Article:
AgriVisor Morning MarketWatch

Tuesday, March 08, 2016
***** Corn down 1 1/2 at the break; soybeans off 2 1/2 to 3; Chicago wheat lower by 2 3/4 to 3. *****

   # Grains drift lower overnight after a somewhat weak close on Monday. Soft commodities are down.  Gold and silver are up with copper down moderately.  Energies are a touch higher.  
   # Analysts at most of the big banks suggest that the recent commodity rally is to be short-lived.  They continue to cite large global inventories and slowing demand for their pessimism.       
   # The Chinese reported some weak trade data on Tuesday.  Exports in February were down 25.4 percent on the year versus expectations of a 15 percent decline.  A narrowing trade surplus coincides with shrinking foreign reserves as a drag on the economy.   
   # Heavy rainfall totals could be observed across the majority of the U.S. this week.  The weather models still lean warm for the next two weeks.    
   # Asian palm oil prices were mostly lower as traders await a key report on production.  Analysts see 2016 being another year of struggle for producers, so prices could continue to rise.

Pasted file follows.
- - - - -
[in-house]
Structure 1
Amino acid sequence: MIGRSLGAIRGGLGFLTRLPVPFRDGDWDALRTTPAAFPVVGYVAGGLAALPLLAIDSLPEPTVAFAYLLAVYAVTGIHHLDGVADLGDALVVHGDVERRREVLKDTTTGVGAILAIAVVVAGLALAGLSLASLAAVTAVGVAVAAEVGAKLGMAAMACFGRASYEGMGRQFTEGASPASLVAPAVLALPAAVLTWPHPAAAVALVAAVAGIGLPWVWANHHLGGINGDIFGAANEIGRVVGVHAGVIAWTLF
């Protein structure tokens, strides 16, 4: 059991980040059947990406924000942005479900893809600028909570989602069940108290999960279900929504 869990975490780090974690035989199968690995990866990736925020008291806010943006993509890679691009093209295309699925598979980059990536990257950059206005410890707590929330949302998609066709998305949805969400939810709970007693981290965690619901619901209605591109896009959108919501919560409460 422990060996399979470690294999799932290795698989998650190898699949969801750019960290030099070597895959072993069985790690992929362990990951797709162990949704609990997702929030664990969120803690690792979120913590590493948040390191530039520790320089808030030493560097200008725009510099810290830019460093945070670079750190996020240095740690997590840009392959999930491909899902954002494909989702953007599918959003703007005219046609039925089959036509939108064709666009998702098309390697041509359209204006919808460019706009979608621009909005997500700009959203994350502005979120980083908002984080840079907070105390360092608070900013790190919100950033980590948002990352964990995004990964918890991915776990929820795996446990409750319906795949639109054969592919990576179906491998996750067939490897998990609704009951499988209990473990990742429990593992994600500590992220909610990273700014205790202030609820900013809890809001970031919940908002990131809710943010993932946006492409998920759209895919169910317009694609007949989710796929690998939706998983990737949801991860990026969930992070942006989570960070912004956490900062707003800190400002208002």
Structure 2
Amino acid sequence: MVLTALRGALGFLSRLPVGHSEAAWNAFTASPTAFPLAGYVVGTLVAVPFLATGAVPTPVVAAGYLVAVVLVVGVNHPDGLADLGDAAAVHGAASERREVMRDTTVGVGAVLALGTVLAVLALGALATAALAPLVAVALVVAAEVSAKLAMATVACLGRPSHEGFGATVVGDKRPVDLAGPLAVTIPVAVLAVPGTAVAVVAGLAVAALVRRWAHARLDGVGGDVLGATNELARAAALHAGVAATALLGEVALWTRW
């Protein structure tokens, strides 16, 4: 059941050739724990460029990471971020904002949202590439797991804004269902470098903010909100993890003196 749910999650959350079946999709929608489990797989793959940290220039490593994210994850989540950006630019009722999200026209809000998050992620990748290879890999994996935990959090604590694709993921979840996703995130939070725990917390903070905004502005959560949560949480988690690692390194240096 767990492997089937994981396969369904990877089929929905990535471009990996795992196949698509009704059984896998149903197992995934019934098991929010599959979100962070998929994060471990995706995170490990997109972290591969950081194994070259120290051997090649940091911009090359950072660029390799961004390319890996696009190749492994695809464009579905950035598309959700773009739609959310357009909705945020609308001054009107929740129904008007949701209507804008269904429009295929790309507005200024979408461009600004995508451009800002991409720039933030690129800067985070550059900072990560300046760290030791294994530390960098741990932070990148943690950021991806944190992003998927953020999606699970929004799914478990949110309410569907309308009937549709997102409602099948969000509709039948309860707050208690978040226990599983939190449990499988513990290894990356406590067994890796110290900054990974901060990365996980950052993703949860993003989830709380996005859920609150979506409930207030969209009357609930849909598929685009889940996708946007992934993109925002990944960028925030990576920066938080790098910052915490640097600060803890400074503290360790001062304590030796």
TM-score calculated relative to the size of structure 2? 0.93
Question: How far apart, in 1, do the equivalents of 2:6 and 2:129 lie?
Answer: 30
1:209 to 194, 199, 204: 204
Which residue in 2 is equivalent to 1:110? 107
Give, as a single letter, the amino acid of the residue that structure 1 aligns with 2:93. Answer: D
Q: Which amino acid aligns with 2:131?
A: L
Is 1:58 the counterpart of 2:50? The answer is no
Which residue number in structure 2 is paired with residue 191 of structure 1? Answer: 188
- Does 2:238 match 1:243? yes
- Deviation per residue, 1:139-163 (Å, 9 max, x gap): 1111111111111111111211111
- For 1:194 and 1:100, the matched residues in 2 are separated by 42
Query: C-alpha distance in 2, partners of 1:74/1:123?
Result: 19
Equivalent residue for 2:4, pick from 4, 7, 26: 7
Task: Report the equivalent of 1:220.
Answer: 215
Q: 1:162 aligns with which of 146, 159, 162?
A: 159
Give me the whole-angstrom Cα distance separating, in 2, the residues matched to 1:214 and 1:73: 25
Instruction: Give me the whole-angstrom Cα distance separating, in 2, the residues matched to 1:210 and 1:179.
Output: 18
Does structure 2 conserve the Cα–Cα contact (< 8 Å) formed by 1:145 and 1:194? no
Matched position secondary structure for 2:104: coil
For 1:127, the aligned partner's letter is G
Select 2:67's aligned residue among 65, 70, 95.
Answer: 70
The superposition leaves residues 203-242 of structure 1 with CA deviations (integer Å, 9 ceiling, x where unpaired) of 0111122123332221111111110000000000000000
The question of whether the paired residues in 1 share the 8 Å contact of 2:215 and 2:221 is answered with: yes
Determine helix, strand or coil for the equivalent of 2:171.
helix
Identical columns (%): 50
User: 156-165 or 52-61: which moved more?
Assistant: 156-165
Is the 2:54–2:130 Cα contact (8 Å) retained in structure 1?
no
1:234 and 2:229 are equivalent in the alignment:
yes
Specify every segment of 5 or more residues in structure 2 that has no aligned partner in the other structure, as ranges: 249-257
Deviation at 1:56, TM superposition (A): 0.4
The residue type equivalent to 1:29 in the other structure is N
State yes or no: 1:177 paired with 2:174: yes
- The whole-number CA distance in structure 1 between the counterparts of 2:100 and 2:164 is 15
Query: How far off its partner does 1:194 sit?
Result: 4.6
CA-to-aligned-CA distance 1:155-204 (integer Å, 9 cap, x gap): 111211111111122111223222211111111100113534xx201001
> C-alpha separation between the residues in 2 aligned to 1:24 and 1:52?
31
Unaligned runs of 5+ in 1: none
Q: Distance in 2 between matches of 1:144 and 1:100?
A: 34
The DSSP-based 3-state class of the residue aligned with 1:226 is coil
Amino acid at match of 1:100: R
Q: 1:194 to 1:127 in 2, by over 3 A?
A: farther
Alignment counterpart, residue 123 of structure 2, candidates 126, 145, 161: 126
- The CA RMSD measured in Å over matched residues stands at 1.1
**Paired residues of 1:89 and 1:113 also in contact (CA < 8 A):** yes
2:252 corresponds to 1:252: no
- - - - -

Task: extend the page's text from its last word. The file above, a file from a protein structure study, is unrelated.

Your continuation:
# The International Coffee Organization (ICO) reported new production and consumption estimates.  ICO says prices have declined recently as a result of large inventories and weak export demand.  Production could be curbed if a La Nina event means dry weather for growers like Columbia.       
   # The Brazilian real is trading back higher overnight.  Real futures are up in four of the five previous sessions as traders price in expectations for improved economic health.  

***** Cattle look to head lower for a test of technical support; hogs likely to start on the defensive. *****

   # Wholesale beef prices have started off a little firmer this week but there remains uncertainty over what to expect for cash market direction.  Seasonal influences of lighter weights and the approaching acceleration of consumption help support cattle futures.       
   # Hog slaughters are keeping a slightly stronger pace than had been anticipated, but prices still find support from optimistic expectations over summer demand.